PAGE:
Wednesday, 19 October 2011

Netherland Dwarf

The Netherland Dwarf is a popular breed of domestic rabbit (Oryctolagus cuniculus) originating in the Netherlands. Smaller than most rabbit breeds, Netherland Dwarf rabbits weigh 500 g to 1.6 kg (1.1 lbs to 3.5 lbs) and are usually kept as pets or exhibition animals. They are not typically used as sources ofmeat or fur because of their small size.(3 in.)
Most rabbits sold in rabbit shows are Netherland Dwarfs, Netherland Dwarf-derived breeds (often referred to simply as dwarf breeds), or Netherland Dwarfcrosses. Their popularity as pets stems from their babyish appearance and their smaller cage space requirement compared to larger rabbit breeds. A lot of people also use Netherland Dwarfs for showing.

The Netherland Dwarf breed was first produced in the Netherlands in the early 20th century. Small Polish rabbits were bred with smaller wild rabbits;[1] after several generations the resulting animal was a very small domestic rabbit available in a wide variety of colors and patterns. Netherland Dwarfs were first imported into the United Kingdom in 1948.[1] In the 1960s and 1970s the United States imported its first Netherland Dwarf rabbits. The breed was accepted by the American Rabbit Breeders' Association in 1969 using a modification of the British standard.[1]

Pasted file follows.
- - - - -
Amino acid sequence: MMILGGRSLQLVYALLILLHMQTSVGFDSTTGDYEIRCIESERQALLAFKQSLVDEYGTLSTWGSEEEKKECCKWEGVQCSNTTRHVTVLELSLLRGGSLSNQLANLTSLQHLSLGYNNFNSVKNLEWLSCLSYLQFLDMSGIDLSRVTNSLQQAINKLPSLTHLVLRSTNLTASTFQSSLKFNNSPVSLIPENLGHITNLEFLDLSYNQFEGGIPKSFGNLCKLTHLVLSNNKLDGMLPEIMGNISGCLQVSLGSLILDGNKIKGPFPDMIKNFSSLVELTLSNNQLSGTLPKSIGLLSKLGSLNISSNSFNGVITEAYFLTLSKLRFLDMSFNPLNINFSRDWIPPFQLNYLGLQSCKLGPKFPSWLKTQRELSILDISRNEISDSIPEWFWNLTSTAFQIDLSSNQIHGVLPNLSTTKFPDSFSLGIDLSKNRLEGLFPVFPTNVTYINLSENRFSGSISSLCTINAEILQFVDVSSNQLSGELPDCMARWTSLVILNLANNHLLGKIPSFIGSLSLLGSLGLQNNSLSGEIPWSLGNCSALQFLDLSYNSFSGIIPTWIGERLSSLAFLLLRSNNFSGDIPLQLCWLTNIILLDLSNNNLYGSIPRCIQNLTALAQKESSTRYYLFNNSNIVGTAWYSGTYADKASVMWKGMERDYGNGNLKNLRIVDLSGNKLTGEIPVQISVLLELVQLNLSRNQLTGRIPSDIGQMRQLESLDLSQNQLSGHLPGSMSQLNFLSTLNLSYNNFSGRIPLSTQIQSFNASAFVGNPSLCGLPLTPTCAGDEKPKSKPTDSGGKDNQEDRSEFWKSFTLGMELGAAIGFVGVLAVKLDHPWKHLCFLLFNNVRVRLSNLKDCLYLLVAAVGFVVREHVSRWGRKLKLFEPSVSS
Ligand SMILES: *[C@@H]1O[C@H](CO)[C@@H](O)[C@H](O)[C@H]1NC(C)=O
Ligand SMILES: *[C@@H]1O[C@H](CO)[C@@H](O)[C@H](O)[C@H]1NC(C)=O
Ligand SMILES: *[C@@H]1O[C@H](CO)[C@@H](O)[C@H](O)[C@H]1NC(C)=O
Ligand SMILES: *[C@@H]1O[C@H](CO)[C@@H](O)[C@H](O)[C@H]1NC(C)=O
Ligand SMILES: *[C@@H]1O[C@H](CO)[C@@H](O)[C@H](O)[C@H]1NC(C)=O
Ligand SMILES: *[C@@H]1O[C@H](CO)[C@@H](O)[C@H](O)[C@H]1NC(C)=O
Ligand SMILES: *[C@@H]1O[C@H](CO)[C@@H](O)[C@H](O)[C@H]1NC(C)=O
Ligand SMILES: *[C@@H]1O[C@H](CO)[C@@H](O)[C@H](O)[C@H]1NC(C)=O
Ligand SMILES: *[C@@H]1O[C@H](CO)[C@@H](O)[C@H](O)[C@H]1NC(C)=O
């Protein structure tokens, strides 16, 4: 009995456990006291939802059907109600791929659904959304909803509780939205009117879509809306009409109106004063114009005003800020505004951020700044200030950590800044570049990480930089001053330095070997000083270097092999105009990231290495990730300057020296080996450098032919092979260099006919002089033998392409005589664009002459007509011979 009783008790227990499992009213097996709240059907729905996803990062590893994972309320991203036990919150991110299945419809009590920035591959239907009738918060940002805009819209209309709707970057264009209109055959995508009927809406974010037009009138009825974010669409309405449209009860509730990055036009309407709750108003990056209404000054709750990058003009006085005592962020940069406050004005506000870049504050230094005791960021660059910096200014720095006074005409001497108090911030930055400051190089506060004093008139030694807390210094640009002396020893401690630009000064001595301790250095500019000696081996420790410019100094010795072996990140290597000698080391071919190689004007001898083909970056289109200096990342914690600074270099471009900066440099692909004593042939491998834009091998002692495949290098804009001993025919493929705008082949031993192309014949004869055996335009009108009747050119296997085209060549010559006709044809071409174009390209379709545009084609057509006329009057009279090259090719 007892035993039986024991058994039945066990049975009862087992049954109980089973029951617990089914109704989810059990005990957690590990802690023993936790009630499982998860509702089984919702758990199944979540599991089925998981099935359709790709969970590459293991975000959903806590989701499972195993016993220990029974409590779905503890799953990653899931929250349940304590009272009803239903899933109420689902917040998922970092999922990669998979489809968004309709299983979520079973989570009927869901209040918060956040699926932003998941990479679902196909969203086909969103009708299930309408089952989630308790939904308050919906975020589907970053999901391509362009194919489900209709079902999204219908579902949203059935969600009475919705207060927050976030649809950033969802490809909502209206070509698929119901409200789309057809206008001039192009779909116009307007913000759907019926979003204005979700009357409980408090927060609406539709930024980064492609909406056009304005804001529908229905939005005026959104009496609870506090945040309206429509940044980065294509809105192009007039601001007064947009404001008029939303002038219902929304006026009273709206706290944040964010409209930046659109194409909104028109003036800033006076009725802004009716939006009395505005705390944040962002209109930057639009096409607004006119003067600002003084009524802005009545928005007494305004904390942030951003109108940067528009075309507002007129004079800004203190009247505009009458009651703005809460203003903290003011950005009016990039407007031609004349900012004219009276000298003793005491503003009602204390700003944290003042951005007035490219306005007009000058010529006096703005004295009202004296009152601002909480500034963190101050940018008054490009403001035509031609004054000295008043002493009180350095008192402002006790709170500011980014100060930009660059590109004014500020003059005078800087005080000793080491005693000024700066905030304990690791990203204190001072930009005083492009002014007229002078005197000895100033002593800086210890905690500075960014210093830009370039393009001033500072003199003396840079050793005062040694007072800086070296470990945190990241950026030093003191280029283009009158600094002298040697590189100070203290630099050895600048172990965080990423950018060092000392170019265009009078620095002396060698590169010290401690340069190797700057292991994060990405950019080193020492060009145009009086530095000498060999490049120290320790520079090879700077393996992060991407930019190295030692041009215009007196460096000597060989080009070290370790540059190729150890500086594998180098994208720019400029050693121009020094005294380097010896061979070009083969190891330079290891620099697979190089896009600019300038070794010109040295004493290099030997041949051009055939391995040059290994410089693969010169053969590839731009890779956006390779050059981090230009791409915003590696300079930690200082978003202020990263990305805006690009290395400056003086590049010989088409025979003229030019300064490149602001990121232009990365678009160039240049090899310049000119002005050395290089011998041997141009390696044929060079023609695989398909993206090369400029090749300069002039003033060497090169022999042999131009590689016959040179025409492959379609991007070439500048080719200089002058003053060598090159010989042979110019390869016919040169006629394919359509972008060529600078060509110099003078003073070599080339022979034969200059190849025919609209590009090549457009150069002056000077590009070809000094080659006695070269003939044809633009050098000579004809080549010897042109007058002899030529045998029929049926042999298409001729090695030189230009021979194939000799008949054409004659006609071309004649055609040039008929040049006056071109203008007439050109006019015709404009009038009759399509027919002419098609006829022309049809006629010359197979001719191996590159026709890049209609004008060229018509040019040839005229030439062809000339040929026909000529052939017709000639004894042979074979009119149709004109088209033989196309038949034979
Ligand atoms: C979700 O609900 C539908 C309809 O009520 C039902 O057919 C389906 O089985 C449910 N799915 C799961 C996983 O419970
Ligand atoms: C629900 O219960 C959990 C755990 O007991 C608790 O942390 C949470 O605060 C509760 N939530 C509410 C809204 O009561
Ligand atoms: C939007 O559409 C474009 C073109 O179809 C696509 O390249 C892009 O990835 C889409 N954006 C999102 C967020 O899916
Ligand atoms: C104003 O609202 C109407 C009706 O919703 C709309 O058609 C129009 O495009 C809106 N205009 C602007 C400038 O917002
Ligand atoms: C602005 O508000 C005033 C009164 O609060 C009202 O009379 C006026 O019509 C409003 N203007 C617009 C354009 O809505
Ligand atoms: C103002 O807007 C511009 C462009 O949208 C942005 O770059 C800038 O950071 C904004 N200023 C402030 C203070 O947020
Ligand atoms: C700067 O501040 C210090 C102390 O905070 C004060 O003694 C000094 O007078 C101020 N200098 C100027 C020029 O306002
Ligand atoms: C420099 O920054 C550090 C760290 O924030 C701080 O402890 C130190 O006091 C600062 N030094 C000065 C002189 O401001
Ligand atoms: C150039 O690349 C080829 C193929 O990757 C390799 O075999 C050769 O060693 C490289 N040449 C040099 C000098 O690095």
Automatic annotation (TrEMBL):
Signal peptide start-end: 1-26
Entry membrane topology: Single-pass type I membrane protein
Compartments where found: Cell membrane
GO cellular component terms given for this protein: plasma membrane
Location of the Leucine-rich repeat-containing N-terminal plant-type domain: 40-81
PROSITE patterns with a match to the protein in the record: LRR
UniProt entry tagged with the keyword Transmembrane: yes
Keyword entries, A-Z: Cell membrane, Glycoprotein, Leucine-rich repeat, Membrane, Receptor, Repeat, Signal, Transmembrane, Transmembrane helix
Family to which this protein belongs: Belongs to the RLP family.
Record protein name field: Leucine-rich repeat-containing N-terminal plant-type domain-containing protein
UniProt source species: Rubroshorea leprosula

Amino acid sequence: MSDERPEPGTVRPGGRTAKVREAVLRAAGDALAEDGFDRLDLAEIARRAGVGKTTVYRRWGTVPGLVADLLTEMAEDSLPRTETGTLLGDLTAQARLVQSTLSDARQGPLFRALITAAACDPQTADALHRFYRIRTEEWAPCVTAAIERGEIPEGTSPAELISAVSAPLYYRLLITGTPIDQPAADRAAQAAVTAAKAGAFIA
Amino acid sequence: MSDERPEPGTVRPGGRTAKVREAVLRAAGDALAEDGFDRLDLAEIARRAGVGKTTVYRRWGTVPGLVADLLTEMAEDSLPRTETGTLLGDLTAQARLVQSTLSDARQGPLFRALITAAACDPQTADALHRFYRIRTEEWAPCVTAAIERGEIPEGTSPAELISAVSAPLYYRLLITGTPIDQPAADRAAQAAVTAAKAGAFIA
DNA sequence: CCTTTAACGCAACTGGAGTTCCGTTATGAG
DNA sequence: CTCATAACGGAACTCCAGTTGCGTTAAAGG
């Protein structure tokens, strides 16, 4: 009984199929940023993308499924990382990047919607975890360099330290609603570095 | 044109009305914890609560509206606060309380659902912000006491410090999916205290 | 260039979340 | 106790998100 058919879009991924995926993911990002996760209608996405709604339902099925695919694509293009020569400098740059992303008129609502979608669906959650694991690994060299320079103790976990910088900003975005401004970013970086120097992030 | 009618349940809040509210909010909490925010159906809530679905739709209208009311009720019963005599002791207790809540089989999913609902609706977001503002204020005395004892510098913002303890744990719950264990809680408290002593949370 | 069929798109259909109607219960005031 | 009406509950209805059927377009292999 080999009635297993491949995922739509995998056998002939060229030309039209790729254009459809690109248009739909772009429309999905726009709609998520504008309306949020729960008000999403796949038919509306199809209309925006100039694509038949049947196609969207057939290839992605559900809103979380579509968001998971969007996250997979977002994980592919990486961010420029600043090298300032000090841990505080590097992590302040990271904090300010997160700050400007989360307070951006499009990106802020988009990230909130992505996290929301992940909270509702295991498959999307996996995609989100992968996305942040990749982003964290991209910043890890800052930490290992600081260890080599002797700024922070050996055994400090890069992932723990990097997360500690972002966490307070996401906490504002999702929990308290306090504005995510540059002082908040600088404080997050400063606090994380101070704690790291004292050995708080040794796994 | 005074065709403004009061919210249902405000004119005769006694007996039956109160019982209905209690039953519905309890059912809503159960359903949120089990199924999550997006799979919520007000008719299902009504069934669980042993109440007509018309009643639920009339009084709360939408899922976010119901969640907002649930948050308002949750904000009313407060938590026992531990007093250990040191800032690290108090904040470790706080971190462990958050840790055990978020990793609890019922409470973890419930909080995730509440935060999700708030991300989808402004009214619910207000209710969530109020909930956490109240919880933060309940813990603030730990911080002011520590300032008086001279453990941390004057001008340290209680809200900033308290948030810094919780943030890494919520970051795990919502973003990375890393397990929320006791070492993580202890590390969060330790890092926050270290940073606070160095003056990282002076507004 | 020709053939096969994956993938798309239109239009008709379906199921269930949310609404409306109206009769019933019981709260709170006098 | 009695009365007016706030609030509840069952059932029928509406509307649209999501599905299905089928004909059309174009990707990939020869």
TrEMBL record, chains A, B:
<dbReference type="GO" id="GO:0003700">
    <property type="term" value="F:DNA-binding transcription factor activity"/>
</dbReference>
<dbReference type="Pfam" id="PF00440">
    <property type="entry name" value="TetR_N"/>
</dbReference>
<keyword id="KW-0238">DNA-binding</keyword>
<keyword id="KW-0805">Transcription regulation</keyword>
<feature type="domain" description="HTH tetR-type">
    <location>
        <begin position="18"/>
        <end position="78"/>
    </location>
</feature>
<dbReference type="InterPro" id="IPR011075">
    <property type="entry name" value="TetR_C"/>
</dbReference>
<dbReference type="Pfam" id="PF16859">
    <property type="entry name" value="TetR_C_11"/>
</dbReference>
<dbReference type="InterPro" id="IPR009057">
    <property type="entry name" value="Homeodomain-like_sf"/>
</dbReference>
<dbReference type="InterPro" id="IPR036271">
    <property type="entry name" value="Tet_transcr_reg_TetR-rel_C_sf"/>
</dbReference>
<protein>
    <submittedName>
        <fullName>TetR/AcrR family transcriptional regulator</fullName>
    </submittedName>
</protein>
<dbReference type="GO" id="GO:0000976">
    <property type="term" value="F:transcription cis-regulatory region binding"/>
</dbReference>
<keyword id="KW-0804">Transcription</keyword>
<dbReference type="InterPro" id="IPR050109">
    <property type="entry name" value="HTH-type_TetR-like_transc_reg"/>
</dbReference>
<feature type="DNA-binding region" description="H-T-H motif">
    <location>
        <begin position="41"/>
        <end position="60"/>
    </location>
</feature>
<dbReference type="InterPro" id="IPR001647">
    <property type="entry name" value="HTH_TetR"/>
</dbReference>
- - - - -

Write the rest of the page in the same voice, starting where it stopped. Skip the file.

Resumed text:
Early dwarfs, even into the 1970s and 1980s, had fearful and sometimes aggressive temperaments. This was a result of breeders selecting wild breeding animals for their size. The first dwarf rabbits behaved more like these wild rabbits than domestic animals and were not good pets. However, through generations of selective breeding, the modern Netherland Dwarf has become a gentle, friendly pet rabbit, though it still retains a more energetic disposition than larger breeds.

Netherland Dwarfs' heads and eyes are disproportionately large with respect to their bodies, and their ears are tiny and carried high on the head. Additionally, their faces are rounded and shortened. These features, a part of the animals' dwarfism, cause them to look infantile even into adulthood.